We cannot verify your location
Browse Book and Journal Content on Project MUSE

  Volume 18, Number 1, July 2000

Table of Contents


pp. vii-viii | DOI: 10.1353/pgn.2000.0049


pp. ix-xv | DOI: 10.1353/pgn.2000.0063

Axiomatic Implications of a Non-Occurring Heavy Verse in Old English

pp. 1-10 | DOI: 10.1353/pgn.2000.0077

Rhyme and the Alliterative Standard in LaĆ·amon's Brut

pp. 11-25 | DOI: 10.1353/pgn.2000.0004

The Ormulum and the Lutgart: Early Germanic Iambs in Context

pp. 27-52 | DOI: 10.1353/pgn.2000.0018

Extended A-Verses in Middle English Alliterative Poetry

pp. 53-76 | DOI: 10.1353/pgn.2000.0031

Spelling, Grammar and Metre in the Works of the Gawain-Poet

pp. 77-95 | DOI: 10.1353/pgn.2000.0044

The Early Thirteen-Line Stanza: Style And Metrics Reconsidered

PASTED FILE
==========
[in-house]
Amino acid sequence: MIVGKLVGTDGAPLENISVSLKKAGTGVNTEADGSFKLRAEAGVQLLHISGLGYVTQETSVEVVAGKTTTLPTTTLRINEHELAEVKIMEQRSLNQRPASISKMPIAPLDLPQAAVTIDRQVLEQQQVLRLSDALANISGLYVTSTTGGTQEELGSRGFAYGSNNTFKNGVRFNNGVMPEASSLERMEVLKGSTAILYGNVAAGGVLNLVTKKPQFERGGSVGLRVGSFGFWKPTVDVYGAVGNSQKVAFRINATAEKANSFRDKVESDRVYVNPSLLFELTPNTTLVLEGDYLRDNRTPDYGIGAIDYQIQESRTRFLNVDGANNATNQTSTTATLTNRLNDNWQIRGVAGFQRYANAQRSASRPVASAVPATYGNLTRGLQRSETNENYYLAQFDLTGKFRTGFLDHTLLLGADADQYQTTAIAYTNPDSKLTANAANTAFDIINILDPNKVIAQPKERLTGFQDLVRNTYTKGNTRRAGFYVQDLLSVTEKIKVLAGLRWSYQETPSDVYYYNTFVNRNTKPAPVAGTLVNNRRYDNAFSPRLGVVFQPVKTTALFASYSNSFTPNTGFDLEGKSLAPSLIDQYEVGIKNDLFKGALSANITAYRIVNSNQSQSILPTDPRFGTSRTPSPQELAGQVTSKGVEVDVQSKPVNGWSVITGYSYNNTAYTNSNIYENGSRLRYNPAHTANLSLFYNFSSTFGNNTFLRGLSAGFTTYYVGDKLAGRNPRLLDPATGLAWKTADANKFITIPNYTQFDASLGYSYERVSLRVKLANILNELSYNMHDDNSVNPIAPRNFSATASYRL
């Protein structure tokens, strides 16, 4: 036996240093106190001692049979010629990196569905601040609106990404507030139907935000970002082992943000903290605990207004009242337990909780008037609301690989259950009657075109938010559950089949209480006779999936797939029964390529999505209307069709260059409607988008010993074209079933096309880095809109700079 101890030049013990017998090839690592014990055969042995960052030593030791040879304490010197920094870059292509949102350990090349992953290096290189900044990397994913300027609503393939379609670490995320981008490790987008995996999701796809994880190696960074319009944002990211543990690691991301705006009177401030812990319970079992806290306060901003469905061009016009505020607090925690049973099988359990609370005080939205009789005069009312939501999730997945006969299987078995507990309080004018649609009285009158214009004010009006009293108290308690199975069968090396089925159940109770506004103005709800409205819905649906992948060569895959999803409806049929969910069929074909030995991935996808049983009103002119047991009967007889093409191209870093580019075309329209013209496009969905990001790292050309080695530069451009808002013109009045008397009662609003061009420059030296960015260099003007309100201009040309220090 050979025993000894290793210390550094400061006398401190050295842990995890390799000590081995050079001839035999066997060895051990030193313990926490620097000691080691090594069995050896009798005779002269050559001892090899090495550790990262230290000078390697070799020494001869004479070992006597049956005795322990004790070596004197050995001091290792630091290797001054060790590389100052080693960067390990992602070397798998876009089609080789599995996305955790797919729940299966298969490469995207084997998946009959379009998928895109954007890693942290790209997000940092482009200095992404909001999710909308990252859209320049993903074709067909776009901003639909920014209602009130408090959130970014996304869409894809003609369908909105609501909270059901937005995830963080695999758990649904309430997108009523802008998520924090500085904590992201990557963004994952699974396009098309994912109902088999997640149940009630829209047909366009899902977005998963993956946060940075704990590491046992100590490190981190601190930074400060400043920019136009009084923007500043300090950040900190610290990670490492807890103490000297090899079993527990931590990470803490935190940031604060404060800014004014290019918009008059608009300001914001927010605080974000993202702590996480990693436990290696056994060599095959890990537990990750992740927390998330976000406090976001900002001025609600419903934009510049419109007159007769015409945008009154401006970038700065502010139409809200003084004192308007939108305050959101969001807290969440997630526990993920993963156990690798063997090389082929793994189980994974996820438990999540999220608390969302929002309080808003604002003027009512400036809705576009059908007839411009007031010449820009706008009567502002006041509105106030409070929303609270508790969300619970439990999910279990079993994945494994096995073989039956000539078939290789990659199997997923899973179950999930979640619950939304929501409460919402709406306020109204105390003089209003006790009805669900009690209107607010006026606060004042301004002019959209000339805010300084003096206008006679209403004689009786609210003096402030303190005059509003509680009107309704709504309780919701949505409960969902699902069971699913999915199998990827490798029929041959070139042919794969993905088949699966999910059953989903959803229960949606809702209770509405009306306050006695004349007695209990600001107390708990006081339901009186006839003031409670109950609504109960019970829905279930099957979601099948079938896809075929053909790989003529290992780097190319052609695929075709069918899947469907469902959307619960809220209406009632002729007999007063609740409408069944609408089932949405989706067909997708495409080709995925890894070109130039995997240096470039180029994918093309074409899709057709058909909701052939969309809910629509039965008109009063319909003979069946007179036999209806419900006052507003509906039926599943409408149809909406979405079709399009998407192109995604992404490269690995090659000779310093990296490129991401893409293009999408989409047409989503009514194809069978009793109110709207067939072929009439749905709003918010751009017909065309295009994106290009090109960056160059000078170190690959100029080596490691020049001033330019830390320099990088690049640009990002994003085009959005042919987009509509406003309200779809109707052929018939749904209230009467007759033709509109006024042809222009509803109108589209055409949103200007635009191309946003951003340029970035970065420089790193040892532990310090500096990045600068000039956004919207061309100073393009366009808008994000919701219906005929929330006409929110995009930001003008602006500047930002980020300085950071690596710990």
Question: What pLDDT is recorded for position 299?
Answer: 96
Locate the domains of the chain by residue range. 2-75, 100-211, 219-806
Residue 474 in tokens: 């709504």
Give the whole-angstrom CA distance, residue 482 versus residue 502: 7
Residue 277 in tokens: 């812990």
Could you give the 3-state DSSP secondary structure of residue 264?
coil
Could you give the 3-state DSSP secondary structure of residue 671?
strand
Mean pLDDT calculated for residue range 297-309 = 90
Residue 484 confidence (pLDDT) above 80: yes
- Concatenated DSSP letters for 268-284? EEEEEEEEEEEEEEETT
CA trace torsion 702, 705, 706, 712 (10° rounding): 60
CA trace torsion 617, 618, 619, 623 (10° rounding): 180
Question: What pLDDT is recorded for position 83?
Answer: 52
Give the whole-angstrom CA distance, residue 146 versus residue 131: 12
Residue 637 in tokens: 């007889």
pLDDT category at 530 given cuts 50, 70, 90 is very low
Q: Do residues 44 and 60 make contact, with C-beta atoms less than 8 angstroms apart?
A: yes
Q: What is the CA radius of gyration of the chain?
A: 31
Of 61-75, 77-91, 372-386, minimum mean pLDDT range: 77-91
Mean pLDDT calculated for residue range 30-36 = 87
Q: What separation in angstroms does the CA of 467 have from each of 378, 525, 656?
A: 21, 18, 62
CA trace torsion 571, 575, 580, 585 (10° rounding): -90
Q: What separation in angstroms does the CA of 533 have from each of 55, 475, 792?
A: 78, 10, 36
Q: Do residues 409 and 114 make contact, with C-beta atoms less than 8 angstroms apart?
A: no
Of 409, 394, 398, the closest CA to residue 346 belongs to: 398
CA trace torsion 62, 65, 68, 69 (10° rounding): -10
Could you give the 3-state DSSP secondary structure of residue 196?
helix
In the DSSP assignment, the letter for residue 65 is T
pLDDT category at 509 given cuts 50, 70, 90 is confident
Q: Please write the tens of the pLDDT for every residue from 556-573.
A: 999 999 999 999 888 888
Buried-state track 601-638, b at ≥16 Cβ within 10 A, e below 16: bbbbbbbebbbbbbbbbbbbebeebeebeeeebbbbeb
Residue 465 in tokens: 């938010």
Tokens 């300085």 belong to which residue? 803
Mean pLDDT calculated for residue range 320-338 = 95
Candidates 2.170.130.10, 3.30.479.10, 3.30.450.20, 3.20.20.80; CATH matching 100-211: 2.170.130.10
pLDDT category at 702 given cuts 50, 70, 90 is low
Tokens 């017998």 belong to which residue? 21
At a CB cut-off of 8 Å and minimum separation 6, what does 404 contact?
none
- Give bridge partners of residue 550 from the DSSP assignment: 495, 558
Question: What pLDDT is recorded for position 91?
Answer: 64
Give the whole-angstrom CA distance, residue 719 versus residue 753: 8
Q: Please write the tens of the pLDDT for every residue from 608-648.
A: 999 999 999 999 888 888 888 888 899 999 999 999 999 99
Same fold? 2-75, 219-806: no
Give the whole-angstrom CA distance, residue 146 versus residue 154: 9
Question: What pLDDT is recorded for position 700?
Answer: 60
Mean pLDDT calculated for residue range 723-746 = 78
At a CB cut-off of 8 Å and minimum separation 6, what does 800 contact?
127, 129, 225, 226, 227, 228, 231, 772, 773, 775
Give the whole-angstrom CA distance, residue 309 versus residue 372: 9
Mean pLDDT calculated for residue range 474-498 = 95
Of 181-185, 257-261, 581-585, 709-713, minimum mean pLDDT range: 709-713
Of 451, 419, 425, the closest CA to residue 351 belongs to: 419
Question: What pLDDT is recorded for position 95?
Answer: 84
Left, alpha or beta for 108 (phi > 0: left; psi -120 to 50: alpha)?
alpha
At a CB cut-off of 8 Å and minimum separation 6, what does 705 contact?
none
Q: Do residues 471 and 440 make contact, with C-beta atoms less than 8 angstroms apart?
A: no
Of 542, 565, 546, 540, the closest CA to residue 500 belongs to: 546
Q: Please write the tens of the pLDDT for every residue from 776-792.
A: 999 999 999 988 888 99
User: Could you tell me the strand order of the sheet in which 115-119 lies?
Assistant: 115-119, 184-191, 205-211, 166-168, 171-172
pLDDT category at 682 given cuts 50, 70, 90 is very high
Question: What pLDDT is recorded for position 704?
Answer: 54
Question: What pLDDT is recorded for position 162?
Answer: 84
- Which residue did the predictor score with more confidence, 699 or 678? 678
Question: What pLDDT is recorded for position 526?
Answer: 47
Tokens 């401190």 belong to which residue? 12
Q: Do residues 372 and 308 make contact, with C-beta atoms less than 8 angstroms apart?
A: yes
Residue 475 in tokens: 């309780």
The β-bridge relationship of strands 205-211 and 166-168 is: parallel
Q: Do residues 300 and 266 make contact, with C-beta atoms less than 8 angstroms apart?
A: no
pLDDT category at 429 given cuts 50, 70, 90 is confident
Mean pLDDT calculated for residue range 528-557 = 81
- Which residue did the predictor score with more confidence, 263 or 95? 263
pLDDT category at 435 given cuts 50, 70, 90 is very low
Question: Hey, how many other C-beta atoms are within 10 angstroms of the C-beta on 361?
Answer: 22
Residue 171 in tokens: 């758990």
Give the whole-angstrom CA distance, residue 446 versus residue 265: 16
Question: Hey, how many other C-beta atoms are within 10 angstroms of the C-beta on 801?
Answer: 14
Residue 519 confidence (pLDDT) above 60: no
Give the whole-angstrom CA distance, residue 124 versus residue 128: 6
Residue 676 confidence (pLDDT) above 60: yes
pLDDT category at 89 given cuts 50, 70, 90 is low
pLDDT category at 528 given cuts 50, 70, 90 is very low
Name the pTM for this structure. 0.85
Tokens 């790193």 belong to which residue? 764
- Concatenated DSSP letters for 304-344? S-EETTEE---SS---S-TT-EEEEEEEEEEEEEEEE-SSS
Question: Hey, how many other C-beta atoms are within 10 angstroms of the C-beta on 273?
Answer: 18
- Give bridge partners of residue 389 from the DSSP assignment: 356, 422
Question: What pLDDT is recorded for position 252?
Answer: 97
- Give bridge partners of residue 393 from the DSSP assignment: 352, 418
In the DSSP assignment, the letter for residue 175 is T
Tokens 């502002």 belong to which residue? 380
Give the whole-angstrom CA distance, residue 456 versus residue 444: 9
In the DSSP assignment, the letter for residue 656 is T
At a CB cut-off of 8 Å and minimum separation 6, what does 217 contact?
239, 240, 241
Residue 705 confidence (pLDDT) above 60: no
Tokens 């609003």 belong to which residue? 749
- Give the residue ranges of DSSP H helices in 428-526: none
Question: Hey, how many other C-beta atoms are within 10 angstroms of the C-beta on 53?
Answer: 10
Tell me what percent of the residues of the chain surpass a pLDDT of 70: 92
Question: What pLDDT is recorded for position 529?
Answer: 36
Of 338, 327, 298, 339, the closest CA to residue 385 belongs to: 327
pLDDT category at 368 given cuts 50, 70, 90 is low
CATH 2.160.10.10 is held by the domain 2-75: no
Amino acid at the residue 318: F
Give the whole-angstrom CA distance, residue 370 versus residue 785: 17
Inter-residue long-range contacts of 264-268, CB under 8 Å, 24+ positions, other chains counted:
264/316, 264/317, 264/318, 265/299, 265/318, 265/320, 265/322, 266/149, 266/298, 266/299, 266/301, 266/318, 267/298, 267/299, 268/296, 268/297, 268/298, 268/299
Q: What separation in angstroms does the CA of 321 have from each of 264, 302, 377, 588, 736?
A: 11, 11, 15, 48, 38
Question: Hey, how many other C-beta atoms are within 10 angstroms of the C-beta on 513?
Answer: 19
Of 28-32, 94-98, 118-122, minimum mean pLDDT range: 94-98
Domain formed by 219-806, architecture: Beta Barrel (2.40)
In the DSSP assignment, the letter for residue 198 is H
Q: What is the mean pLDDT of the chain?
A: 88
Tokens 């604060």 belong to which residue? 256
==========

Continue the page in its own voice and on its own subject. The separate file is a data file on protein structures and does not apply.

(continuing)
pp. 97-126 | DOI: 10.1353/pgn.2000.0058

Strong-Stress Metre in Fourteen-Line Stanza Forms

pp. 127-155 | DOI: 10.1353/pgn.2000.0071

Computer-Assisted Study of Chaucer's Metre

pp. 157-179 | DOI: 10.1353/pgn.2000.0085

Ballades, French and English, and Chaucer's 'Scarcity' of Rhyme

pp. 181-201 | DOI: 10.1353/pgn.2000.0012

The Hoccleve Holographs and Hoccleve's Metrical Practice: More Than Counting Syllables?

pp. 203-226 | DOI: 10.1353/pgn.2000.0025

Lydgate's Metrical Inventiveness and his Debt to Chaucer

pp. 227-249 | DOI: 10.1353/pgn.2000.0038

The Contributors

pp. 251-253 | DOI: 10.1353/pgn.2000.0052

Research Areas


  • You have access to this content
  • Free sample
  • Open Access
  • Restricted Access